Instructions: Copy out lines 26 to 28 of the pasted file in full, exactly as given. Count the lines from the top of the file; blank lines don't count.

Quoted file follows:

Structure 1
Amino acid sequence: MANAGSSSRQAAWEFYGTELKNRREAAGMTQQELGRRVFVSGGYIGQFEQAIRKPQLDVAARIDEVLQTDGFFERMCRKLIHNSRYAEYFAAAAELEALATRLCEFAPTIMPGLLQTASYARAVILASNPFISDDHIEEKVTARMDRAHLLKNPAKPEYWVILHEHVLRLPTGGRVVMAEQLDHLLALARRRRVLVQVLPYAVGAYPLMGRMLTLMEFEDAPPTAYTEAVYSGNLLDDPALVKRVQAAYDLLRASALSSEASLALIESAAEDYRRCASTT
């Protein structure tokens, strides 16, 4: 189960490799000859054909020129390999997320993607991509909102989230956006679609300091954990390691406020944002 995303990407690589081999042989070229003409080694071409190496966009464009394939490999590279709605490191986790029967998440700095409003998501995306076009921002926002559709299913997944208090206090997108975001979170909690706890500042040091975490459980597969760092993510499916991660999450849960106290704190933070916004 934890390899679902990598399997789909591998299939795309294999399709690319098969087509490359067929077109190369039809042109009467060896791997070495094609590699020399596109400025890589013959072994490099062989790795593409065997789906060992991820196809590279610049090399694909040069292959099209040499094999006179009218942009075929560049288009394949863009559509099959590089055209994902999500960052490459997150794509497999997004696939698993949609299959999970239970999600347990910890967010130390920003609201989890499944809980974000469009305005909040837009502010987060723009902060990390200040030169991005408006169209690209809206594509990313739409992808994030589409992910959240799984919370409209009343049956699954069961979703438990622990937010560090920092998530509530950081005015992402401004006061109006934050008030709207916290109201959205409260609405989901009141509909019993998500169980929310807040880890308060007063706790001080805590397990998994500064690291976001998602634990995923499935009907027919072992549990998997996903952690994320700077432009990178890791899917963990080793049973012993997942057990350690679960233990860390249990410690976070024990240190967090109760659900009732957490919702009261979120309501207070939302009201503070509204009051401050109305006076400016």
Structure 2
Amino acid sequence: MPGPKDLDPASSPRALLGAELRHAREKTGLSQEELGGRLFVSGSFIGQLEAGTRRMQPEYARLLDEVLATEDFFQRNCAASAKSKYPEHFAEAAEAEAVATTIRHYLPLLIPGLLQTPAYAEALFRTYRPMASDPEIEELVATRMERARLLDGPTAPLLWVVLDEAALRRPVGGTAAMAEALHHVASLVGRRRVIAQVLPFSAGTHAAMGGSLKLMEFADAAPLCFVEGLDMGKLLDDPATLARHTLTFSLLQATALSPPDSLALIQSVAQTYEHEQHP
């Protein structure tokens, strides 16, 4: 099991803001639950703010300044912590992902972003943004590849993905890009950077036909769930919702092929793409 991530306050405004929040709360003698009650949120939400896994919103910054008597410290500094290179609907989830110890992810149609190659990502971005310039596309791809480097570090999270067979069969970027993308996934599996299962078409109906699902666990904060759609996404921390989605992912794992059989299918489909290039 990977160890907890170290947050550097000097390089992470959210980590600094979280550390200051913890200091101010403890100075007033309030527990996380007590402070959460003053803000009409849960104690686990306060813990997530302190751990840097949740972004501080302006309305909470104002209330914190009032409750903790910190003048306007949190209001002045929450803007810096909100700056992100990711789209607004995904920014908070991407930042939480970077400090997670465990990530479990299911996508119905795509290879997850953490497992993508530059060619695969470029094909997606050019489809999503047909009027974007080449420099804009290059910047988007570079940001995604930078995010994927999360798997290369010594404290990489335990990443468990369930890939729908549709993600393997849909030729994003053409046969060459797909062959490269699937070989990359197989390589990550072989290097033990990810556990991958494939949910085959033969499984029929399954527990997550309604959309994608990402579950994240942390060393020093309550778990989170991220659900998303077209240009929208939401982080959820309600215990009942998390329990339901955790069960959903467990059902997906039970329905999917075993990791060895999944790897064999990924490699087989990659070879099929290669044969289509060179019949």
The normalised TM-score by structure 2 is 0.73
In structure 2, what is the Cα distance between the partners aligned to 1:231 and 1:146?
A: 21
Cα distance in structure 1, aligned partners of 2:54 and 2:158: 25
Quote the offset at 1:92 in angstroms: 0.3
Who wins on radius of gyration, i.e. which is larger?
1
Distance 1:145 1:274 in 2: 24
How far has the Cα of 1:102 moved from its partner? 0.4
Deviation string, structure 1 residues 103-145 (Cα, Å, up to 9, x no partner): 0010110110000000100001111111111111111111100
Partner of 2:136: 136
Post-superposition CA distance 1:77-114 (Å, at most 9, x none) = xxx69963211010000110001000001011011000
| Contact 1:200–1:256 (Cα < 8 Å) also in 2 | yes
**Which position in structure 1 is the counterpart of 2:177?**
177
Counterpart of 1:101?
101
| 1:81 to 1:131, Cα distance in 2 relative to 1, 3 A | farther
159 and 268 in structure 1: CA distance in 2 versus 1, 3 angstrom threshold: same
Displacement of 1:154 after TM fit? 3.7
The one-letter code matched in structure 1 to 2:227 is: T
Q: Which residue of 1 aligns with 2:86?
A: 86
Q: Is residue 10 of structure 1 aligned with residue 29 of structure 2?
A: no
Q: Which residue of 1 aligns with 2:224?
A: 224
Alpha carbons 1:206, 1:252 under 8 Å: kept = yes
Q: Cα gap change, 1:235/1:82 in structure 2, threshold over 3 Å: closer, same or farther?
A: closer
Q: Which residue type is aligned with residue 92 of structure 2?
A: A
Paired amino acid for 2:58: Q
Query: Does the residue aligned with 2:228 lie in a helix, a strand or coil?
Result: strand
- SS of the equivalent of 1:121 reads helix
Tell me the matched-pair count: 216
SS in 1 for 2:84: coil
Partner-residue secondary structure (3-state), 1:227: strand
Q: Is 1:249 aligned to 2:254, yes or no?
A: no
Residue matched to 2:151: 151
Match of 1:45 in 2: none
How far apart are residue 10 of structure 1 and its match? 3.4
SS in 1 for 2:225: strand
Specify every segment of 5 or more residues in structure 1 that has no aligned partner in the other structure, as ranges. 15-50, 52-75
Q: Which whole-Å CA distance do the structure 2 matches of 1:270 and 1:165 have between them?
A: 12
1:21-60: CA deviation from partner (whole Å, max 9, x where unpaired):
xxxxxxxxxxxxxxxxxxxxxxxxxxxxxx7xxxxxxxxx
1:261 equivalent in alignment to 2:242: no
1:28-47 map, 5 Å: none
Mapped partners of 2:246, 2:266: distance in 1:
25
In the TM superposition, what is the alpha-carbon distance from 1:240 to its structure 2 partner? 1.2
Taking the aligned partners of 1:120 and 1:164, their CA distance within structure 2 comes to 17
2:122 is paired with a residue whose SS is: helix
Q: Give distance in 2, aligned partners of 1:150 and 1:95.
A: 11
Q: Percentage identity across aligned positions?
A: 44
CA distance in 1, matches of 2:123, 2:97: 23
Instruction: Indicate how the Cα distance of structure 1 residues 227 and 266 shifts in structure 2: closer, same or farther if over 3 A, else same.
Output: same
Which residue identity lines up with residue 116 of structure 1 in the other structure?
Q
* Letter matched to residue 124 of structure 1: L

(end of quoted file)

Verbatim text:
Displacement of 1:154 after TM fit? 3.7
The one-letter code matched in structure 1 to 2:227 is: T
Q: Which residue of 1 aligns with 2:86?